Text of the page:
Washington, DC - The Bureau of Justice Assistance (BJA) today announced the release of a resource guide intended to help law enforcement officers build stronger community-police relations. The Resource Guide for Enhancing Community Relationships and Protecting Privacy and Constitutional Rights is a collaboration between BJA and the Office of Community Oriented Policing Services (COPS Office).
“The Justice Department encourages law enforcement officials, in every jurisdiction, to work with the communities they serve to minimize needless confrontation,” Attorney General Eric Holder said. “It is vital to engage in planning and preparation, from evaluating protocols and training to choosing the appropriate equipment and uniforms. This is the hard work that is necessary to preserve the peace and maintain the public trust at all times—particularly in moments of heightened community tension.”
“The role of law enforcement is not only to enforce the law, but to preserve peace, minimize harm, and sustain community trust,” said BJA Director Denise O’Donnell. “The resources available through this guide will help police departments and sheriffs’ offices maintain order and build effective police-community relationships, while promoting the rights and protecting the civil liberties of the citizens they serve.”
For many years, BJA and the COPS Office have developed guides, publications, webinars, checklists and tools for law enforcement agencies on community policing, building community trust, diversity training, privacy protections, and safeguarding first amendment rights. Building strong police-community relations requires a sustained effort over time, yet maintaining these relationships is exceedingly difficult during and in the aftermath of a high-profile incident or civil unrest. Professional law enforcement departments and effective operations require training and ongoing support from all partners. This guide helps law enforcement agencies locate these resources in one place, including in-person and online training opportunities, publications, reports, podcasts, and websites.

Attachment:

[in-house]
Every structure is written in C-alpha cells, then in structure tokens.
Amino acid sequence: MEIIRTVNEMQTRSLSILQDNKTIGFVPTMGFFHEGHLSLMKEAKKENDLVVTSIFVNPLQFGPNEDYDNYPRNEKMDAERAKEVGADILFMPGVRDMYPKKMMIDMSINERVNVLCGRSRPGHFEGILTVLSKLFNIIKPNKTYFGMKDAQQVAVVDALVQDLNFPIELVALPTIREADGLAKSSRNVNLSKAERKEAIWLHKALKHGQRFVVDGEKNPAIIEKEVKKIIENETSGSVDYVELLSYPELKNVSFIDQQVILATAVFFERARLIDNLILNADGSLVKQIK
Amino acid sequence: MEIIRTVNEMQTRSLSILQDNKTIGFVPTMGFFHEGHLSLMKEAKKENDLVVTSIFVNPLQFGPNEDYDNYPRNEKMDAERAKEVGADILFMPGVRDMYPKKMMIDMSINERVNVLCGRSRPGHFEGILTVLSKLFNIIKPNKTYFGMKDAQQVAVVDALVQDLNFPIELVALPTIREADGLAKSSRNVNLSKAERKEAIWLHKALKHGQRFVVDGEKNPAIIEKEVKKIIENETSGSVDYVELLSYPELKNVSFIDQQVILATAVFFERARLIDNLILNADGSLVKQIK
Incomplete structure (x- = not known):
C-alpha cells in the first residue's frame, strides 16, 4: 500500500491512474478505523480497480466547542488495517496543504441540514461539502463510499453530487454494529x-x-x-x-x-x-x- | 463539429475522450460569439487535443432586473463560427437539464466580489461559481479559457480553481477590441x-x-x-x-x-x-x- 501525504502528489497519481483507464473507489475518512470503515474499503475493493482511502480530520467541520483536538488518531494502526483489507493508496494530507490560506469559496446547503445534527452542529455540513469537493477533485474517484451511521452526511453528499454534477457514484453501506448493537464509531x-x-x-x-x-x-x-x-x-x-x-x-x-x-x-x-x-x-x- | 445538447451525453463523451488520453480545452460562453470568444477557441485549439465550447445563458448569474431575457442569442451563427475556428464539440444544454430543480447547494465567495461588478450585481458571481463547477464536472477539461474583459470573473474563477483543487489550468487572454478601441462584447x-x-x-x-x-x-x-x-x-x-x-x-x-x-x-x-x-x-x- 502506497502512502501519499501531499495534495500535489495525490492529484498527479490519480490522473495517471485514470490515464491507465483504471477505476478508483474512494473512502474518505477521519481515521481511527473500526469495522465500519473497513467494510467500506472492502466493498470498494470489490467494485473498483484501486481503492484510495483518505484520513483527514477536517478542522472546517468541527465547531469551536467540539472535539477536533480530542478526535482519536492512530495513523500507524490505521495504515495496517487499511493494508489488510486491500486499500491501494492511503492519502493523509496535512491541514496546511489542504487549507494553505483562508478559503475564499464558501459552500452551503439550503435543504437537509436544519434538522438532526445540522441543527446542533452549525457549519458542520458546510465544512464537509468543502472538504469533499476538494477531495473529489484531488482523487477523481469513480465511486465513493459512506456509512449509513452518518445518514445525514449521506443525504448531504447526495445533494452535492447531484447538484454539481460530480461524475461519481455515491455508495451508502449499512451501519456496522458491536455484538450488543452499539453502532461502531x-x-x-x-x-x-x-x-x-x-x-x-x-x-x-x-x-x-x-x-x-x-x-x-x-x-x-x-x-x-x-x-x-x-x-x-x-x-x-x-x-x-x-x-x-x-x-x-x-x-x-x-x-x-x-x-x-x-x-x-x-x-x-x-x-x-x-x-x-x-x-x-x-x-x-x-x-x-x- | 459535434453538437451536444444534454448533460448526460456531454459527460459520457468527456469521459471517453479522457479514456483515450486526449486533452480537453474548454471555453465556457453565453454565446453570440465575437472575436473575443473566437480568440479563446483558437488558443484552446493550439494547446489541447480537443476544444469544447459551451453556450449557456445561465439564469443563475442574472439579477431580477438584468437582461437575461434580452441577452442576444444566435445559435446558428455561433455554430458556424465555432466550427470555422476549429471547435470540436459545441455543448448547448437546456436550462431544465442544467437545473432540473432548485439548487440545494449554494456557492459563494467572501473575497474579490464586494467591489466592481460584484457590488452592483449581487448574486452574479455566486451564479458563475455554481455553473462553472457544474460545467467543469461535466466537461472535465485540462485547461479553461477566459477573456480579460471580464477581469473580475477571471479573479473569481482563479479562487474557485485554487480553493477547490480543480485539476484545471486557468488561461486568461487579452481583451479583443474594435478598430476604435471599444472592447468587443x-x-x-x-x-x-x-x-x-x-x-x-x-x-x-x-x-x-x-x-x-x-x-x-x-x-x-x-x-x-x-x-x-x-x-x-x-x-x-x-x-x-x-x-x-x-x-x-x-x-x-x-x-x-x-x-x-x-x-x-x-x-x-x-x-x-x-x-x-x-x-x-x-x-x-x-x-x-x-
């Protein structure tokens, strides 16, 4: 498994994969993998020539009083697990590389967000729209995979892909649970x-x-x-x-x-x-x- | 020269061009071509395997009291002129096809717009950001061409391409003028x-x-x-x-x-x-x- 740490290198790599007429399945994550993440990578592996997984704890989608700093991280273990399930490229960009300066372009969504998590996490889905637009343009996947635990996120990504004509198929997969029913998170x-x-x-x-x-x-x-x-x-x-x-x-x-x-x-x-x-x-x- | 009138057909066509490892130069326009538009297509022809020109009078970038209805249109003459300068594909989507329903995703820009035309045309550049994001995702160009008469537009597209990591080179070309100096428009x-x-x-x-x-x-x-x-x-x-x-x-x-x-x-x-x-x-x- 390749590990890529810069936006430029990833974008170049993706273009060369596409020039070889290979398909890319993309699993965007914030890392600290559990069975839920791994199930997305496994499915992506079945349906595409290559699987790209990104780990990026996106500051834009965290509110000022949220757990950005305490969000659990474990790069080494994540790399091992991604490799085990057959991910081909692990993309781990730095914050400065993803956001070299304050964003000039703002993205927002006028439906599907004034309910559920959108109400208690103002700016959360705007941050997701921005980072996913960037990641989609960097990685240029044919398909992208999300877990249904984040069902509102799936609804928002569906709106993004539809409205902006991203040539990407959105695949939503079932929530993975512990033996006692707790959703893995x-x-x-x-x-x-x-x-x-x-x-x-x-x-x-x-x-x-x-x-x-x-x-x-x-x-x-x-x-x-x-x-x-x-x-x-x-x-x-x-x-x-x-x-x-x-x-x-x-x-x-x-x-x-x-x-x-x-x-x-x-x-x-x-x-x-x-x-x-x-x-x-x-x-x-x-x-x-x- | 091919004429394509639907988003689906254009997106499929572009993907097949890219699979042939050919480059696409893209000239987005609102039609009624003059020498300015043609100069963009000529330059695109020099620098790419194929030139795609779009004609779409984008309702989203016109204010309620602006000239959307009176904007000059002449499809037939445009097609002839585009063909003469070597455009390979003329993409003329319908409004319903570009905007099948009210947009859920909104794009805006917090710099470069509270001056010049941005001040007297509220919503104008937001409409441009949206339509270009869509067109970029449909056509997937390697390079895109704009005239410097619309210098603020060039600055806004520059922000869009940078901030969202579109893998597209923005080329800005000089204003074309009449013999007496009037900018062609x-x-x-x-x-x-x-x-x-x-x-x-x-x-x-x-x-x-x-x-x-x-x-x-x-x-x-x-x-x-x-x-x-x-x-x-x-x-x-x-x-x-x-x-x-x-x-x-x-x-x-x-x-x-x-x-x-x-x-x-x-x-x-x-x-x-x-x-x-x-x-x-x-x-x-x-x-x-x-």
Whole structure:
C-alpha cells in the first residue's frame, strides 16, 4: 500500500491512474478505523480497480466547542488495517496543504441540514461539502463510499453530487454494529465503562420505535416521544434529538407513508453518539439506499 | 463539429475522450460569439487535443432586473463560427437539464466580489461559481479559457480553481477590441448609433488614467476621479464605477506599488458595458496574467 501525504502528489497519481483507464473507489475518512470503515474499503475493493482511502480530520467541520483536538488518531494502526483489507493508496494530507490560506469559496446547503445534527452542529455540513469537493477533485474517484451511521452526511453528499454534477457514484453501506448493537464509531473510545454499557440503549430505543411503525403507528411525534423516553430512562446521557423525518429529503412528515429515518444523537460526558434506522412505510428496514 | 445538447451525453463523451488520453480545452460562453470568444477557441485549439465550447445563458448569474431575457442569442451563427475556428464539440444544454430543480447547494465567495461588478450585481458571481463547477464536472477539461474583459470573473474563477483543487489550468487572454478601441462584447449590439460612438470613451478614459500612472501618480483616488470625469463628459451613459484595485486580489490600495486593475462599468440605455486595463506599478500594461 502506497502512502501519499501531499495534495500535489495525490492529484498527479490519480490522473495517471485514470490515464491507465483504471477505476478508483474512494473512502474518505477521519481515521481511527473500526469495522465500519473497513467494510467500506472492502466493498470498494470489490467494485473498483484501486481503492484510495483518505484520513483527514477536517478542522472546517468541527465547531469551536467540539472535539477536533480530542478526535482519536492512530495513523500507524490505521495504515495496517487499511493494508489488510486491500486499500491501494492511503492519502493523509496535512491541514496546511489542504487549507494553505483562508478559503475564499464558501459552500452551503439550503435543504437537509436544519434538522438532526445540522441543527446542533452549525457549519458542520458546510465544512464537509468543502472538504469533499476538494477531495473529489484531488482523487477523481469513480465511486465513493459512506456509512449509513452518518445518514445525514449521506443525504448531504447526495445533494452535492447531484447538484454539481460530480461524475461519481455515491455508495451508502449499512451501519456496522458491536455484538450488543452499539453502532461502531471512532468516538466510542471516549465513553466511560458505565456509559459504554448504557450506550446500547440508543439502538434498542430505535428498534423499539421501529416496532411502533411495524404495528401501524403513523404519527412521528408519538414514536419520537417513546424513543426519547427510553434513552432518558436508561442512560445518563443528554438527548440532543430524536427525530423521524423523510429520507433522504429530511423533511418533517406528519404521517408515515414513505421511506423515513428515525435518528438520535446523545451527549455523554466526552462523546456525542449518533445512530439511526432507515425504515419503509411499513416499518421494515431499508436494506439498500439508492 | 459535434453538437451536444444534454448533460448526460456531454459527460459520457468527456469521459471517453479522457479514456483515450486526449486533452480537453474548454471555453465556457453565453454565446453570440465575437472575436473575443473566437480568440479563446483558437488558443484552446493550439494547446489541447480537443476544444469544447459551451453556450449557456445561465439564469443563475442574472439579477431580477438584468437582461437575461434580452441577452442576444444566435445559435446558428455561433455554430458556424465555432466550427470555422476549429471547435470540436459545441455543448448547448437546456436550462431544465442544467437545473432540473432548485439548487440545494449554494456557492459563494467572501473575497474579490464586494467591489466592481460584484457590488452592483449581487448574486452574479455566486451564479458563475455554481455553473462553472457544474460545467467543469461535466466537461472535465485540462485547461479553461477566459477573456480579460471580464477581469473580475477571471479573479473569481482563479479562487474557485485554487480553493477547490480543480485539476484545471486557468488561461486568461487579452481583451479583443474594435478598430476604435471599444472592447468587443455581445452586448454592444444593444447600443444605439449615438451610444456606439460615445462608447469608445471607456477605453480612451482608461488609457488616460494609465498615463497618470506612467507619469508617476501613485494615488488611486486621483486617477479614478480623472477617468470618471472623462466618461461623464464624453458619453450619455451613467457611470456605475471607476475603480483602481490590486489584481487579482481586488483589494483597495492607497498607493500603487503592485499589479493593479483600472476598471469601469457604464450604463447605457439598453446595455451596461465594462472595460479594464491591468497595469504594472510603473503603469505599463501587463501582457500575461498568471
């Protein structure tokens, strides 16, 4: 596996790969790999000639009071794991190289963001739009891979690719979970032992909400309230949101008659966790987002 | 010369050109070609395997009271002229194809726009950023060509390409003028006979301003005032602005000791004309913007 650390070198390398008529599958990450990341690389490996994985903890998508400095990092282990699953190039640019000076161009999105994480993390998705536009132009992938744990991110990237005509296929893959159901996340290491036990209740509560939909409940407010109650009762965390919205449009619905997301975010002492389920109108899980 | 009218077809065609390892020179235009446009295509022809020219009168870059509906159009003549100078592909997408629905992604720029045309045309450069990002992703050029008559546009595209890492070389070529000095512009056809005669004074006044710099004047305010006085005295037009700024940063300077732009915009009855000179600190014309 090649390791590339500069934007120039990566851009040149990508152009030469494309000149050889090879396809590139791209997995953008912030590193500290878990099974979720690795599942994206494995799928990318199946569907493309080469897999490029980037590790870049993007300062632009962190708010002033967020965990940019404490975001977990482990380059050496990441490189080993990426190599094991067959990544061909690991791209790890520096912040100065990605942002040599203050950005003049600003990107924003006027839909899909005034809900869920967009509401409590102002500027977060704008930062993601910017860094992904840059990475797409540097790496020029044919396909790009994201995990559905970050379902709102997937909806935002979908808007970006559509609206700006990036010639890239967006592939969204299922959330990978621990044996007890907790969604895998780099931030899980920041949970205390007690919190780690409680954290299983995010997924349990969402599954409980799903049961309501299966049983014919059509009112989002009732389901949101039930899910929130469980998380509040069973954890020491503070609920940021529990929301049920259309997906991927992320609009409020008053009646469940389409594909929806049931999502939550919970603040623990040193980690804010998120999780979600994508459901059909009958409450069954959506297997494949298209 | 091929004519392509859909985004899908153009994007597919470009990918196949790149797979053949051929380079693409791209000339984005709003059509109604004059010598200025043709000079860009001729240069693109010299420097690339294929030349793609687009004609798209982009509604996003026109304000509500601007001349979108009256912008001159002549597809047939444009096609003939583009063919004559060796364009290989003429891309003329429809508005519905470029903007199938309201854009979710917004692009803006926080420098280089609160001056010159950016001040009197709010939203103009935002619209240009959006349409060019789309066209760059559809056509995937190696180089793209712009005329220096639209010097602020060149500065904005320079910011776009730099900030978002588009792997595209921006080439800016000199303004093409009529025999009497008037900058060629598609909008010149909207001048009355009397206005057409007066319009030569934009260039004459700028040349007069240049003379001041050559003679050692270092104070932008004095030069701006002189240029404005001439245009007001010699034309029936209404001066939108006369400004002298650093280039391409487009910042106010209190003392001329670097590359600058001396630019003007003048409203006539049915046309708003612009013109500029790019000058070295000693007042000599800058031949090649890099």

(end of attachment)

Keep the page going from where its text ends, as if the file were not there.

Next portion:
“Law enforcement officers are stewards of the peace and protectors of the people, but above all else, they are custodians of the public trust,” said COPS Office Director Ron Davis. “As a former police chief, I am proud of the work we are doing at the Department of Justice to help America’s public safety professionals carry out this sacred duty.”
The Resource Guide is available at www.bja.gov/Publications/CommRelGuide.pdf.
The Office of Justice Programs, headed by Assistant Attorney General Karol V. Mason, provides federal leadership in developing the nation’s capacity to prevent and control crime, administer justice, and assist victims. OJP has six components: the Bureau of Justice Assistance; the Bureau of Justice Statistics; the National Institute of Justice; the Office of Juvenile Justice and Delinquency Prevention; the Office for Victims of Crime and the Office of Sex Offender Sentencing, Monitoring, Apprehending, Registering, and Tracking. More information about OJP can be found at www.ojp.gov.
The COPS Office, headed by Director Ronald L. Davis, is the federal agency responsible for advancing community policing nationwide. Since 1995, the COPS Office has awarded over $14 billion to advance community policing, including grants awarded to more than 13,000 state, local and tribal law enforcement agencies to fund the hiring and redeployment of approximately 125,000 officers and provide a variety of knowledge resource products including publications, training, and technical assistance. For additional information about the COPS Office, please visit www.cops.usdoj.gov.